SWAIA Announces Annual Fellowship Winners

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Eight Native Artists from across the United States and Canada recognized with SWAIA Fellowship prizes

"Deception," Oil on Birch Panel, Impressionism, Del Curfman, 2015 Design Fellow

The crow’s image symbolizes creation stories and the connection to culture through oral history, which is why I chose it, said Curfman.

The Southwestern Association for Indian Arts (SWAIA) is pleased to announce this year’s Indian Market artist fellows in four distinct categories: Discovery, Design, Residency and Youth.

“We were overwhelmed by the talent and diversity of this year’s applicants to the Fellowship Program,” stated Chief Operating Officer Dallin Maybee. “After much deliberation in the Discovery Fellowship category, our judges selected Fellows from two art forms we have not traditionally looked at in the work of writer Terese Marie Mailhot and filmmaker Razelle Benally.”

Mateo Romero (Cochiti Pueblo), acclaimed painter, Indian Market artist, and former SWAIA Board member, was one of the 2015 Fellowship judges.

“This year’s entries were very exciting. We have gone from a very small focus to saying that all aesthetic ideas and forms are important,” said Romero.

The abundance of talented applicants to this year’s fellowship program resulted in SWAIA’s decision to award glass artist Daniel Friday 1st Runner-up recognition in the Discovery category. Friday will receive a complimentary booth on the Plaza at this year’s Santa Fe Indian Market. The annual Residency Fellows are jeweler Wayne Nez Gaussoin and abstract painter Holly Grimm.

“The Santa Fe Art Institute (SFAI) is pleased to host Wayne Gaussoin and Holly Grimm as the 2015 SWAIA SFAI Residency Fellows. These awards represent SFAI's commitment to cultivating creative practices, engaging with diverse communities, and addressing the most pressing social issues of our time,” said Residency Program Manager, Nina Elder.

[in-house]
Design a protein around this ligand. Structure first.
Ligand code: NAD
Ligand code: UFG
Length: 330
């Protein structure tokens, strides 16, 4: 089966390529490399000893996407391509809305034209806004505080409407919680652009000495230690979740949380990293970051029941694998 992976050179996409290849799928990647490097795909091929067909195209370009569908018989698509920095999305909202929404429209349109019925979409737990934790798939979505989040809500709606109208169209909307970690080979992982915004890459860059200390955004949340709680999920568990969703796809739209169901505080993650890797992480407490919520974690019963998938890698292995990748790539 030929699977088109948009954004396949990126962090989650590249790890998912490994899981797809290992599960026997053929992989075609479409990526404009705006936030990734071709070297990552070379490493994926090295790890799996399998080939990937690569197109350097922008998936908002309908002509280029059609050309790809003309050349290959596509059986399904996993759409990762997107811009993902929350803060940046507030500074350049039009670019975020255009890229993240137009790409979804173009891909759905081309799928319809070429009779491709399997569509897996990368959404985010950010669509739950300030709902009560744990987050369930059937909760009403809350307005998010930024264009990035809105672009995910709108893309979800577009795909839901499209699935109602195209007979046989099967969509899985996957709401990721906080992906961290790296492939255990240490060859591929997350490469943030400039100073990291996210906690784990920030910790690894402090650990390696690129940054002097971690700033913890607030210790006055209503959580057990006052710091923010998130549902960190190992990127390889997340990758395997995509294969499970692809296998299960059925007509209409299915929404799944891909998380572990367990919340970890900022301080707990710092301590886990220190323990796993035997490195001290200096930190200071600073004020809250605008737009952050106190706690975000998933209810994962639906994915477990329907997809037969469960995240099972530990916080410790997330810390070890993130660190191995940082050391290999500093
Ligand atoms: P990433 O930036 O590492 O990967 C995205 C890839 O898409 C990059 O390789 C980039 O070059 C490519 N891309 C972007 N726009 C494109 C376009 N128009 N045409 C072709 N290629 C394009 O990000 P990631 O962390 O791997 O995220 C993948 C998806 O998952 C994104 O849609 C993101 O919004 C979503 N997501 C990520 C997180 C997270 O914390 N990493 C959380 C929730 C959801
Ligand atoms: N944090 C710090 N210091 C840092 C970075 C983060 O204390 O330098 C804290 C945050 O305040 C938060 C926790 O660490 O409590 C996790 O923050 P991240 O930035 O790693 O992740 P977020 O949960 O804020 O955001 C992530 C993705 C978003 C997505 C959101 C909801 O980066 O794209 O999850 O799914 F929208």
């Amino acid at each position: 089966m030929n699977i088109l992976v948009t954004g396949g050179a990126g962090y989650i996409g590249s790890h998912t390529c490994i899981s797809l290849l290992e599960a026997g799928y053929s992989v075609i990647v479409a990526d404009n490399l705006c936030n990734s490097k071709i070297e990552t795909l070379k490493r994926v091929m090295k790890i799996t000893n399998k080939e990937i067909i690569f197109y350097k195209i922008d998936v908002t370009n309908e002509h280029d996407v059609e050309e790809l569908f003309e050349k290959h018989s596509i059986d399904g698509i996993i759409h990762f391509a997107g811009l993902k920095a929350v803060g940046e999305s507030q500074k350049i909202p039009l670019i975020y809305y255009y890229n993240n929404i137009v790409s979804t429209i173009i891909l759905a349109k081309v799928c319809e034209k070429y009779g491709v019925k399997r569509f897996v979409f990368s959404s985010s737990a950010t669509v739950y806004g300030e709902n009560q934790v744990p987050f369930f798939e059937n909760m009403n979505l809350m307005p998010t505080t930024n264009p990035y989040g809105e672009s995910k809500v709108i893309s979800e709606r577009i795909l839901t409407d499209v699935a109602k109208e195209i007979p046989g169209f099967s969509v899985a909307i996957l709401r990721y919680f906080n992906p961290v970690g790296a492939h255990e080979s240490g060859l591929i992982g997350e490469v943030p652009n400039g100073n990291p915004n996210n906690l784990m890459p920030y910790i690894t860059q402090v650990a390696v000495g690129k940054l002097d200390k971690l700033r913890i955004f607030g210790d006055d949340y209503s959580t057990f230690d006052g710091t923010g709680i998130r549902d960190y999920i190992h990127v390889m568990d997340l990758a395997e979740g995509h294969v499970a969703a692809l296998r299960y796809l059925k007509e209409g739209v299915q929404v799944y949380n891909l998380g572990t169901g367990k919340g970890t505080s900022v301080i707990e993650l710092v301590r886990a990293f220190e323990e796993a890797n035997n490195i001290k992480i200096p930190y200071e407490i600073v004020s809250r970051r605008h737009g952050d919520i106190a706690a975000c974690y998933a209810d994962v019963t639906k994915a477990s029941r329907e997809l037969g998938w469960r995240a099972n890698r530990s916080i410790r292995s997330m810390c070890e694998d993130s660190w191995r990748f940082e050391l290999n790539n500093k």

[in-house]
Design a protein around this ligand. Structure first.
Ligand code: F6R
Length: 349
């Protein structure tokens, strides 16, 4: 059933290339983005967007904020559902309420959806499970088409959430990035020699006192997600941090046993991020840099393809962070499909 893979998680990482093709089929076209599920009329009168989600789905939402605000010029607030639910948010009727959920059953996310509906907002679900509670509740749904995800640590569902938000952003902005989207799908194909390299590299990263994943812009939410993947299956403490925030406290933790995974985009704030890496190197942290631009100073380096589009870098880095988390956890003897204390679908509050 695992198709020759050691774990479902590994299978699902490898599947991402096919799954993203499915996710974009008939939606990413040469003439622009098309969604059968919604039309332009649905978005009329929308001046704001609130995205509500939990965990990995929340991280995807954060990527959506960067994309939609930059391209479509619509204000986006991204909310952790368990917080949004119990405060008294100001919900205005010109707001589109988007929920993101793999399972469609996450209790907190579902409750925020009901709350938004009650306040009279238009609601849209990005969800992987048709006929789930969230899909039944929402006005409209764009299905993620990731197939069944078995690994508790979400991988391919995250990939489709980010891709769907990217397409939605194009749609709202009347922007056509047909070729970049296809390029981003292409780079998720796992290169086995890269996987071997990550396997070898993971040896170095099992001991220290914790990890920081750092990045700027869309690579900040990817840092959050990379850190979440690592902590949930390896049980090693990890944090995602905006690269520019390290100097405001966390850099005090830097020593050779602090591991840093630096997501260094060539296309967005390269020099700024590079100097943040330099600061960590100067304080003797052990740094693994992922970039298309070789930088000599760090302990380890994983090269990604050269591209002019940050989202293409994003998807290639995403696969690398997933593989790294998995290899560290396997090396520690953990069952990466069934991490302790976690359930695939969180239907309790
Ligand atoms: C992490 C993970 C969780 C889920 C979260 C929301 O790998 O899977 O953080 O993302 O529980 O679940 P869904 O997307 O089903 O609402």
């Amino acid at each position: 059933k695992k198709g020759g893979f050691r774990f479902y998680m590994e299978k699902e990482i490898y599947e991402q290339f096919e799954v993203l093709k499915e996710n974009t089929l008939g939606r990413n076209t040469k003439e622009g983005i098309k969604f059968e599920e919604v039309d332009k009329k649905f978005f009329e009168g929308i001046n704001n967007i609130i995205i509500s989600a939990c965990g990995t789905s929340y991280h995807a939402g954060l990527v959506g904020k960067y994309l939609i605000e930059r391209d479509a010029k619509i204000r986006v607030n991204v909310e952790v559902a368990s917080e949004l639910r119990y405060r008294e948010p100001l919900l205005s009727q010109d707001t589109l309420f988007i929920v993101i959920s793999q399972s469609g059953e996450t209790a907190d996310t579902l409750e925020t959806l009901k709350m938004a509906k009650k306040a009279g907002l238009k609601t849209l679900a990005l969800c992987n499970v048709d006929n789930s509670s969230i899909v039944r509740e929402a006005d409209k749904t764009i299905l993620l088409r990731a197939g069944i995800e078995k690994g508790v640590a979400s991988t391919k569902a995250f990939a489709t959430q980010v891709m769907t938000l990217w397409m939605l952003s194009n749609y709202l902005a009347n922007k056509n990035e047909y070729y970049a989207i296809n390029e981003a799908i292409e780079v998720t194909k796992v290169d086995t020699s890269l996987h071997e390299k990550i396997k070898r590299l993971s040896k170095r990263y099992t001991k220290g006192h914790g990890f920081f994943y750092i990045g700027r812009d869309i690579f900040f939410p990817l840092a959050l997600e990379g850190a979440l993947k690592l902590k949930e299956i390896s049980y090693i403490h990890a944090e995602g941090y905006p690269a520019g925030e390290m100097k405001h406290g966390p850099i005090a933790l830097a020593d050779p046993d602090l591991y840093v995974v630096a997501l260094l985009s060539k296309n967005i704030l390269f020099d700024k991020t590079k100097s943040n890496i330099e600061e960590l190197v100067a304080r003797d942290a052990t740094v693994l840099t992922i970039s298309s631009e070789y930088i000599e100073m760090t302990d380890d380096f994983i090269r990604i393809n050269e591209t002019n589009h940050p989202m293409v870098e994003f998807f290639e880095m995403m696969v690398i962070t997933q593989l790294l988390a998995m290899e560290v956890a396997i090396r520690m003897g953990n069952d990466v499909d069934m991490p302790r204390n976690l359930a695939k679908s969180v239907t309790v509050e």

Painter Del Curfman was awarded the 2015 Design Fellowship and will have his painting of a black crow, titled “Deception,” featured on this year’s Indian Market merchandise and promotional materials.

“The crow’s image symbolizes creation stories and the connection to culture through oral history, which is why I chose it,” said Curfman.

“We are thrilled to have Del as the Design Fellow this year and very excited to promote his work in the Santa Fe Indian Market 2015 Merchandise package,” said Rima Krisst, Marketing Projects Coordinator for SWAIA.

Finally, SWAIA is proud to announce Youth Fellowship winners painter/photographer Chamisa Edd-Belin, and painter/printmaker Olathe Antonio.    

SWAIA’s staff and judges want to acknowledge all of the artists who applied to this year’s Fellowship Program. The entries were of the highest caliber and uphold SWAIA’s commitment to substance, standards and fairness.

“The 2015 individual artist fellows are recognized for their exceptional skill, creativity and leadership,” said SWAIA Board Treasurer Elizabeth Pettus. “The Fellowship Program was originally created to honor emerging artists in all mediums and at all ages, as well as provide financial assistance, in an effort to encourage and support them in their artistic growth and endeavors.”

“I’m honored and grateful for the opportunity to have the support to create work that I feel strongly about, and that I want to share with the world,” said Razelle Benally.

For media inquiries, contact:
Audrey Nadia Rubinstein
505 490 1837

About SWAIA and Santa Fe Indian Market:

SWAIA is an advocate for Native American arts and culture, and creates economic and entrepreneurship opportunities for Native American artists by producing and promoting the Santa Fe Indian Market as the finest Indian art event in the world; cultivating excellence and innovation across traditional and non-traditional art forms; and, developing programs and events that support, promote, and honor Native artists year-round. http://www.swaia.org